OMAHA – Once a week, Dan Peterson has a standing lunch date.
The engineer at Lozier Corp. meets his wife and their three young children at the food trucks parked along the Gene Leahy Mall downtown.
“We’ve made it a Thursday tradition,” he said last week on the sunny and warm November day.
The Petersons are among those who say they aren’t turned off — and really haven’t noticed — the tax on mobile food vending in Omaha.
It’s been a year since the city moved to apply its 2.5 percent restaurant tax to food trucks. The tax has long applied to the city’s bricks-and-mortar restaurants.
Like traditional restaurant owners, those at food trucks can choose to absorb the tax or pass it on to their customers.
The City Council in November 2016 also approved food truck regulations, which included a licensing fee, a 2:30 a.m. end time and parking restrictions.
The annual fee is $100, with an additional $100 for vendors who operate primarily downtown.
Officials with the city and local food truck association say the transition has gone well.
Fifty-two trucks registered with the city this year, and few have been ticketed for violating the rules.
“To look at all of the colorful trucks around the mall, that’s really cool,” said Kelly Keegan, president of the Omaha Food Truck Association. “There’s a real sense of pride about what we’ve done.”
The tax was enacted on restaurants in 2010 under then-Mayor Jim Suttle to help fix a looming police and fire pension shortfall. Food trucks, however, were exempt.
Extending the restaurant tax to food trucks was a matter of fairness, Mayor Jean Stothert and other supporters said last year.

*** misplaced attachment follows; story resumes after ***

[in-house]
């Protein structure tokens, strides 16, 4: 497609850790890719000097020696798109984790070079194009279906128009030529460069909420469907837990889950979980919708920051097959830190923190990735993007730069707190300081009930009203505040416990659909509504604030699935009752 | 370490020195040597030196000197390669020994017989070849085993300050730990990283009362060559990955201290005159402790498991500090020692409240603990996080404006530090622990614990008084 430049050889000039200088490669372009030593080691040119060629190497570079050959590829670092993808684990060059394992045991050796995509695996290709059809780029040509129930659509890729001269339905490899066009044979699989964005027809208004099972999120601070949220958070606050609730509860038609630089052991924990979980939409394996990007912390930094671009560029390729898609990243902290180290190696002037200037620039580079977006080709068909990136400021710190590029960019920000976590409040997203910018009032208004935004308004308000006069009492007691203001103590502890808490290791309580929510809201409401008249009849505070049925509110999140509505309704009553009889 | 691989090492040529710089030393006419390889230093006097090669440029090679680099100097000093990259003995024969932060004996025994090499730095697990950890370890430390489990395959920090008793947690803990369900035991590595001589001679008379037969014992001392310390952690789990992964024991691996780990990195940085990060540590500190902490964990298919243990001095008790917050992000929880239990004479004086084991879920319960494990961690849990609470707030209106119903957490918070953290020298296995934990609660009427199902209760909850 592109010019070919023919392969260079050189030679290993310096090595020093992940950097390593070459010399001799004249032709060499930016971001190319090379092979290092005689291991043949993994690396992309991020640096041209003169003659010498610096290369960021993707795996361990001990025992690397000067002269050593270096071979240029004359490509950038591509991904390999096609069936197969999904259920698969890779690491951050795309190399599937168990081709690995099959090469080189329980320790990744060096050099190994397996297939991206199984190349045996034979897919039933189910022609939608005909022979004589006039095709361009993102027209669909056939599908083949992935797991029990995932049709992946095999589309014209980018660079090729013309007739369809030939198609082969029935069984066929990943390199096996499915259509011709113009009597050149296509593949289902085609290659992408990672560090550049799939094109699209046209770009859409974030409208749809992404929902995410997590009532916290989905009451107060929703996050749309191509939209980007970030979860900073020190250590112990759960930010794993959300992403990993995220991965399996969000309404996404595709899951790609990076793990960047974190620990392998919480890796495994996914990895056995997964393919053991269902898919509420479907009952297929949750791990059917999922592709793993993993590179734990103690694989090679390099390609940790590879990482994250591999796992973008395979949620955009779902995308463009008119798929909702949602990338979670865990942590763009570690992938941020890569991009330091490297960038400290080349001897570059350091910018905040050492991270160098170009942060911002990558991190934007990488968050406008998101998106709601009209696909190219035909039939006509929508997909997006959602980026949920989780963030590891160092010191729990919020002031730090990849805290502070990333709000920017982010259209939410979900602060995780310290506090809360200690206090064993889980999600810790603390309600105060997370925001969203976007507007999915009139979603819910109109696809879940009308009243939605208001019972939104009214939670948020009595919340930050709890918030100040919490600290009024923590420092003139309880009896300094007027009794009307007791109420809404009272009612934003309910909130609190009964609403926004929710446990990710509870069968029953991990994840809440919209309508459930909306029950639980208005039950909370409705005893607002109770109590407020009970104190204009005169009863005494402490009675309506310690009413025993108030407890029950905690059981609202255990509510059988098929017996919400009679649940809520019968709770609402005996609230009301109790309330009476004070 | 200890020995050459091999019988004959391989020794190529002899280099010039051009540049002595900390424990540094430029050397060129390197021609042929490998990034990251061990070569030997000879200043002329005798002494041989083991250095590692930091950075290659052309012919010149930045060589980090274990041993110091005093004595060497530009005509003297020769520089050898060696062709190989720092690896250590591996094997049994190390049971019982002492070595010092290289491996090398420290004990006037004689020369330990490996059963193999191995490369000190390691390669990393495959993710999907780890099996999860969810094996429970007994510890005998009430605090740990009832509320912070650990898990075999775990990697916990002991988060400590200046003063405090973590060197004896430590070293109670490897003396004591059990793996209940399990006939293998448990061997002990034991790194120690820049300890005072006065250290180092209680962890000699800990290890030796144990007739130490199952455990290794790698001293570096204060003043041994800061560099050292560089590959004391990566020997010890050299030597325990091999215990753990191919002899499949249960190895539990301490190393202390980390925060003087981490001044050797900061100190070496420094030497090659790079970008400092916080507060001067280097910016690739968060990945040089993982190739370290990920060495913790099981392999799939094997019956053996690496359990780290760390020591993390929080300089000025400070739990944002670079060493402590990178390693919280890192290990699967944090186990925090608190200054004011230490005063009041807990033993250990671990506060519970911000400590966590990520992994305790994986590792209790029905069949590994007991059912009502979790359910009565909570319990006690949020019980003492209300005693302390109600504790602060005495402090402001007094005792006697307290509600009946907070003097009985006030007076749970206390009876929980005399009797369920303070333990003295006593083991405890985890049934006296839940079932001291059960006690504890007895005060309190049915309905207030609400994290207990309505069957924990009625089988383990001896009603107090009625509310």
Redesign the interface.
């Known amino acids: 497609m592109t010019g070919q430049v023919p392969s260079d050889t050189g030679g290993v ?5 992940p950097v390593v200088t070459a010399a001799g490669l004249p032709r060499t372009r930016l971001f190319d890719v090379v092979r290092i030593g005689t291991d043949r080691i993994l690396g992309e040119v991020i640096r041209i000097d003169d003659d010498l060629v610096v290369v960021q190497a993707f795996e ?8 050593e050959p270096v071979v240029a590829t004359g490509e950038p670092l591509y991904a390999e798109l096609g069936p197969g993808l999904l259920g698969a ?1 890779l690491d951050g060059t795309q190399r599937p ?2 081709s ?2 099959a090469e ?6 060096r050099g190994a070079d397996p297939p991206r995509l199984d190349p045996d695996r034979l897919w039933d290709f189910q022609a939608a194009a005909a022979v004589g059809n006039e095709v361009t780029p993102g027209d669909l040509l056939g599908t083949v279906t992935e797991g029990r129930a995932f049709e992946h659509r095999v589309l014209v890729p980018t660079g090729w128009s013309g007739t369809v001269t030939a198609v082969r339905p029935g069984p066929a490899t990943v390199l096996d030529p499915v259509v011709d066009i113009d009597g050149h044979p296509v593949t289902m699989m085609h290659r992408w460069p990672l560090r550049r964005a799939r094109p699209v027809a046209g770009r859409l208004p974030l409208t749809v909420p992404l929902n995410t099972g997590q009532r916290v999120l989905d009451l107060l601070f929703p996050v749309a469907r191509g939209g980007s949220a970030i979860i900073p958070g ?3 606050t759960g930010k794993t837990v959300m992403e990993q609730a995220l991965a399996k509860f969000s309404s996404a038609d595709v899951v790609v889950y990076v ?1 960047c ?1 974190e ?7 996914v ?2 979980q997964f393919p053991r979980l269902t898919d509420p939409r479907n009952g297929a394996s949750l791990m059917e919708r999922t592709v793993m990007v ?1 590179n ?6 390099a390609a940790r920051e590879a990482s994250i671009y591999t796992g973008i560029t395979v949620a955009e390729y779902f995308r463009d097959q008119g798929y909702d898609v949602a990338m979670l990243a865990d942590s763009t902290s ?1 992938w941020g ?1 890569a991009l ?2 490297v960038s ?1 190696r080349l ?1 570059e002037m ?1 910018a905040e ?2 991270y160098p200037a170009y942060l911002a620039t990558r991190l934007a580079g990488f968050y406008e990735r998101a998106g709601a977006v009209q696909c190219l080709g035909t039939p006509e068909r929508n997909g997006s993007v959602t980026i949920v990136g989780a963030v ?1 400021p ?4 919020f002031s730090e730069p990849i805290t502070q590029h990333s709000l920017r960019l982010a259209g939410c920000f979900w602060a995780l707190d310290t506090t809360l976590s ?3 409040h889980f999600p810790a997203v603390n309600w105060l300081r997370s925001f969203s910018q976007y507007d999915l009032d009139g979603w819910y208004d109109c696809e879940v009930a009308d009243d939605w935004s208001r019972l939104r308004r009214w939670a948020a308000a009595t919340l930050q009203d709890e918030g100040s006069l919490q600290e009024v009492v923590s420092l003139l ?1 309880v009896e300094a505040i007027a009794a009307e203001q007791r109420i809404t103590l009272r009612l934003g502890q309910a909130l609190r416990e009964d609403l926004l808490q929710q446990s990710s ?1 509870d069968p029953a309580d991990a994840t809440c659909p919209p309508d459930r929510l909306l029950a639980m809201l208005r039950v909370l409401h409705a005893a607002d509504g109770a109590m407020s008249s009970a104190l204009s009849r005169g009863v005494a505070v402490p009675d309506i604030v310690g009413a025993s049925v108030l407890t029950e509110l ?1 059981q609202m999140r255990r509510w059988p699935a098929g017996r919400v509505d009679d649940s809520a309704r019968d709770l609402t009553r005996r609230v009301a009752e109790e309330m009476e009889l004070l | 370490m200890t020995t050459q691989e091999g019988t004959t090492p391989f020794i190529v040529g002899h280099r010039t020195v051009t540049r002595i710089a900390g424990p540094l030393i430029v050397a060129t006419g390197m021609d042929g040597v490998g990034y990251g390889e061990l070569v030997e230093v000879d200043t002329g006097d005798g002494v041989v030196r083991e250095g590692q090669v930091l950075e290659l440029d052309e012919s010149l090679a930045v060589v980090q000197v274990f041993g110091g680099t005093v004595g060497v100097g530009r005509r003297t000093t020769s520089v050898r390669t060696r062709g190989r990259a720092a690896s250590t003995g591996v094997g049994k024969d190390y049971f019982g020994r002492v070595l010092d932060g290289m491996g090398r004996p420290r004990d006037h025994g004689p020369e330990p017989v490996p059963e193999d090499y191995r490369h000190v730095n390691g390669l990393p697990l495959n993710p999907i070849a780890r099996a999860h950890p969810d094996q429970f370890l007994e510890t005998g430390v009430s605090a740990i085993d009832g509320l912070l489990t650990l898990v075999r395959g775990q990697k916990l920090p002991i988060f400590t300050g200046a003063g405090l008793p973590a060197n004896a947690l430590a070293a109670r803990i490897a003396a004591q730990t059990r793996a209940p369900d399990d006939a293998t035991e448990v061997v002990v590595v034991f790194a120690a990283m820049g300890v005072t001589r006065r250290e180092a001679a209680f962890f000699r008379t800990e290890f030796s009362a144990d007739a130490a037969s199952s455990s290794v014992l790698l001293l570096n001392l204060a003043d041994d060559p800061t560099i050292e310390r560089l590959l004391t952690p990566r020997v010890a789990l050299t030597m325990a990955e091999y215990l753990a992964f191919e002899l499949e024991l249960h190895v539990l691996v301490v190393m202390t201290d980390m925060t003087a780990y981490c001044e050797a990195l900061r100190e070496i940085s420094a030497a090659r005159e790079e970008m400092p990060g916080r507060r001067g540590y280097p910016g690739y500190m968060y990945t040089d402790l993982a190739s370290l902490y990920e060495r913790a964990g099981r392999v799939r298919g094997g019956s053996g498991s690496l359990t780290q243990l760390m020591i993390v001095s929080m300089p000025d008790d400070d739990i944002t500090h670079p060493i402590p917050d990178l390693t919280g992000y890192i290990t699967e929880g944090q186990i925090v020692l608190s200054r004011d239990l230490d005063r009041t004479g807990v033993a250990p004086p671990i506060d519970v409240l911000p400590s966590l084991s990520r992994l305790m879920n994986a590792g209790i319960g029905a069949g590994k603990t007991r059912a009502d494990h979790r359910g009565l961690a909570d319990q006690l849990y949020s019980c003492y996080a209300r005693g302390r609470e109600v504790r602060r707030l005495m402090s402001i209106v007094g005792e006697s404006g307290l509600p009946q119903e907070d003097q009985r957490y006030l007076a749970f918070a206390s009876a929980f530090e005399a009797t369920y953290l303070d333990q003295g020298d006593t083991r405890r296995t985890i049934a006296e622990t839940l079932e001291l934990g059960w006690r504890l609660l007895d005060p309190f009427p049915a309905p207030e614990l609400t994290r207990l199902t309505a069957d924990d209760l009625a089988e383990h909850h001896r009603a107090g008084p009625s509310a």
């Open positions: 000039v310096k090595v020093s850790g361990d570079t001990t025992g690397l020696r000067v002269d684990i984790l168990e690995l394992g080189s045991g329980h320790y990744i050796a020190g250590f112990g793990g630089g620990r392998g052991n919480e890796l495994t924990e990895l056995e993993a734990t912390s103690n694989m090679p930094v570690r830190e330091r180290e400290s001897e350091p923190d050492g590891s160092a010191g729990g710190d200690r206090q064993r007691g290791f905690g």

The ordinance, sponsored by former Councilmen Garry Gernandt and Franklin Thompson, also helped put to rest a lawsuit brought by the owner of Michael’s Cantina at the Market. Michael Henery argued the tax was unconstitutional and arbitrarily excluded food trucks.
The city’s restaurant tax has brought in much more than forecast.
The city is on track to bring in $31.5 million from the restaurant tax in 2017, according to the latest financial projections.
From January to October, the city received $38,600 in restaurant tax from food trucks, said Finance Director Steve Curtiss. Permits for food trucks brought in more than $5,000.
In addition to the trucks that congregate downtown on Thursdays, the trucks are also popular at private events, block parties and farmers markets across the city.
Customers visiting the trucks along the downtown mall last week were mostly downtown workers and out-of-towners in Omaha for business.
Some patrons were stay-at-home parents with their children, looking for a cheap lunch, a variety of options and a chance to enjoy the good weather.
The city had issued four citations to truck owners as of mid-year, said Michael Meyers, a project manager in the city’s Public Works Department parking division.